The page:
Monday, December 21, 2009

View From The Bridge 12/21/09

View From the Bridge
December 21, 2009

Enjoy a brief tour of Fort Benton's Museum of the Northern Great Plains and Museum of the Upper Missouri.

Wednesday, December 9, 2009

View From The Bridge 12/9/2009

View From The Bridge
December 9, 2009

To all of you who have asked how Muncie is doing...she is recovering nicely. She is just finding it a challenge to sit at the computer to write her wonderful articles right now, but expects to "be back" in January.

In the meantime we'll offer a few video photo montages of Muncie's favorite little town and some of its attractions.

Monday, November 2, 2009

View From The Bridge 11/4/09

“VIEW from the BRIDGE”
by Muncie Morger

Did I not say all along that the Longhorn Football Team could do it? There just are not words to describe how proud we all are of the whole team. Your teamwork is so apparent and so is your hard work. Tim (the editor of The River Press) will give you readers all the details but we see the emotional side of it. We see those young men’s love of the game and knowing that they are doing the best that is possible in them. We see the parents in the stands watching every move of their young man. We see proud smiles when their son is in on a good play. There have been many good plays this season. This first win in the playoffs is a tremendous boost for them. No matter what transpires in the next few weeks, the Longhorns are our favorite team and are winners in all of our hearts.

You are awesome ladies. Right to the very end, you made the games exciting and enjoyable to watch. We feel the same about you as we do the Longhorn Football Team. You are our favorite team and are winners in all of our hearts. Keep all those memories tucked away somewhere and in years to come when you have reunions…enjoy them with your teammates. That is the best part…the memories.

In the View last week, you read that we have family ties with the Arlee Warriors. They were so excited to be playing their first playoff game in 14 years. It was reported to us about the team’s trip to Fort Benton. They boarded the bus on Friday and arrived in Great Falls that afternoon to spend the evening at a motel. They went to Borrie’s restaurant for dinner and received the nicest compliment from the owner. He said that they were the nicest, most polite team that has ever eaten at his restaurant. In spite of their loss, they had a great time and there is always next year.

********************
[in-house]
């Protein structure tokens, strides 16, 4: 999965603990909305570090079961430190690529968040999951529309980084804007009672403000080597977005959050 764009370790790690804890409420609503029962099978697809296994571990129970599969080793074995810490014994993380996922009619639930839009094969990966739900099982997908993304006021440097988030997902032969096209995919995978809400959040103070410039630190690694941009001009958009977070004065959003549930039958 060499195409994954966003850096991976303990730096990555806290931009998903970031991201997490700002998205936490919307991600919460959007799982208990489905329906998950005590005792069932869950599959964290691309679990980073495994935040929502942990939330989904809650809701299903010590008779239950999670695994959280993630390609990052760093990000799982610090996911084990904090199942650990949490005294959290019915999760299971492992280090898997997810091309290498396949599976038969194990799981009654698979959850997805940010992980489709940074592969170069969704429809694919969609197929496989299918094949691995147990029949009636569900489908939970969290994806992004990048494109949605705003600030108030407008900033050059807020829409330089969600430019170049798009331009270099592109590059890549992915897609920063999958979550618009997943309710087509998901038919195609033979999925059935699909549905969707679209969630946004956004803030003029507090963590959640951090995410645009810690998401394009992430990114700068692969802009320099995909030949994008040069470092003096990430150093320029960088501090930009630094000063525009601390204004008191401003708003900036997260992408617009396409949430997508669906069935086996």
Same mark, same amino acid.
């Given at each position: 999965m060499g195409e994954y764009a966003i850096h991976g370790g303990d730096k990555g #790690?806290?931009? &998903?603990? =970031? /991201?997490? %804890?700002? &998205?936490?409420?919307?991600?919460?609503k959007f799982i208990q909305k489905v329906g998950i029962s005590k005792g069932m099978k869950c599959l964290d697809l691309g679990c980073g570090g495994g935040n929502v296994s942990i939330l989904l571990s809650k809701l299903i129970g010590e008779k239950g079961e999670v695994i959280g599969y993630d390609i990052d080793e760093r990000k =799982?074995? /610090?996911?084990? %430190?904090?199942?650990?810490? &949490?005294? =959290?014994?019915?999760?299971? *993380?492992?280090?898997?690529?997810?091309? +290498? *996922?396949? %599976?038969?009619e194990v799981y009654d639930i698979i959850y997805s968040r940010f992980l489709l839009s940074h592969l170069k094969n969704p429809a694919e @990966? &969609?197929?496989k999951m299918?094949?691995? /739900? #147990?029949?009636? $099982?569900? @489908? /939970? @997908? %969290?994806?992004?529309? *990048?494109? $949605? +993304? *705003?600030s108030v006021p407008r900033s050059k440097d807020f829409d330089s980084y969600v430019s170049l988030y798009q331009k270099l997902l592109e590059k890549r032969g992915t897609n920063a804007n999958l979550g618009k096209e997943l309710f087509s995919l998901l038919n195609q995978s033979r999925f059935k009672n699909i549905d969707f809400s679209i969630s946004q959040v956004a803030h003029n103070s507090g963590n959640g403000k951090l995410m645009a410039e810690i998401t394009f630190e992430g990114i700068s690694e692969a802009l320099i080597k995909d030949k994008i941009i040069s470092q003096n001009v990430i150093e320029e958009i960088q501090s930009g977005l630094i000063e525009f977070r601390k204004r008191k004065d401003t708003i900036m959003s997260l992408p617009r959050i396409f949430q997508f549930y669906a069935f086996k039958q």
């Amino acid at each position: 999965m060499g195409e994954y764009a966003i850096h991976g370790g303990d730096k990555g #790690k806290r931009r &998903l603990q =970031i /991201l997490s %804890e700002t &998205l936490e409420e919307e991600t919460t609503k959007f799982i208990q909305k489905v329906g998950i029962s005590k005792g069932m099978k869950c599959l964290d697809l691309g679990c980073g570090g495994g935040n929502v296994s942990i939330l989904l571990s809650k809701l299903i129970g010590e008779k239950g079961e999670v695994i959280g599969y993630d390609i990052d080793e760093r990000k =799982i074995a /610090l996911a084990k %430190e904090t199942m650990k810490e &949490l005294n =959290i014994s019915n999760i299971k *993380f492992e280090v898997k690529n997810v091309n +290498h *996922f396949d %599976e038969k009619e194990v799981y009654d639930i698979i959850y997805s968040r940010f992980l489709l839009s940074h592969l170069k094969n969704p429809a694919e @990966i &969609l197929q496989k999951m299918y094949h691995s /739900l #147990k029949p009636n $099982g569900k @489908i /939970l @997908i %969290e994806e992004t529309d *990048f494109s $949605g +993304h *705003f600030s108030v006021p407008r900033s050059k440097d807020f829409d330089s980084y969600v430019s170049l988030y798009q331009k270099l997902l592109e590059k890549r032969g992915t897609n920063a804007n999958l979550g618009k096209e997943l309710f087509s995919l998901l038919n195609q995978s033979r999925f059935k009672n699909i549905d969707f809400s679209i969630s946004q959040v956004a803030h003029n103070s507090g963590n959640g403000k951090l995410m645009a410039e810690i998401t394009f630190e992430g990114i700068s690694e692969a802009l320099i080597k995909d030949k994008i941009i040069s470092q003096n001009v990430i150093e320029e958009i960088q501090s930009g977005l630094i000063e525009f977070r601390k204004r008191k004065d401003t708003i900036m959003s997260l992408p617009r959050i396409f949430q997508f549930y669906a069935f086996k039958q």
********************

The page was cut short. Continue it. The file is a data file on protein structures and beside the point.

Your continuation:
The V.F.W. is again sponsoring a Veterans Day Dinner on Wednesday, 11/11/09 at 6:00 pm at The Club House. Veterans and their spouses are cordially invited and no reservation is required. Cindy will prepare the meal. There will be entertainment and it will be an enjoyable evening. Mark your calendars and spread the word to any Veterans that you know. We owe our lives to the men who put their lives on the line for our country. Many of their stories have never been told and their oral histories need to be preserved.

If you have a grandfather, father, uncle, brother, or cousin who is a veteran, please take the time to write their oral histories. Surely, there must be someone in the family who could do this. When it is finished, bring it to the Overholser Research Center at the Ag Center so that it can be permanently documented. I have discussed this with many people and they promise that they will get to this project. I have yet to see them at the Center with the finished product. Just do it.

Please do not be like me who did not ask questions of my grandparents when they were alive. They had migrated from Europe and I know nothing of their involvement in WWI. I only knew that my grandfather was killed in 1919 when he was discharged from the army. He had written my grandmother that he would be arriving home soon. As the little, I learned about it, he stepped off the train for a cigarette and was shot by a sniper.

It was not until I went to Normandy in Europe that I realized that my grandfather fought with the Germans and Italians. Those two countries and Austria-Hungary were the three powers that fought France, England, and the United States. What a shock that was because it brought up questions that can never be answered. One of those questions was…why did my grandfather returned to Hungary from the United States to be conscripted into the army? What rank was he and was he in any battle? I think that my next project will be to do some genealogy on my family. I may get answers to some of those questions.

There will also be a Flag Retirement program held on the 11th. If you have, flags to be retired, please contact me and I will see to it that your flag is picked up. Call 622-3217 after 1:00 pm.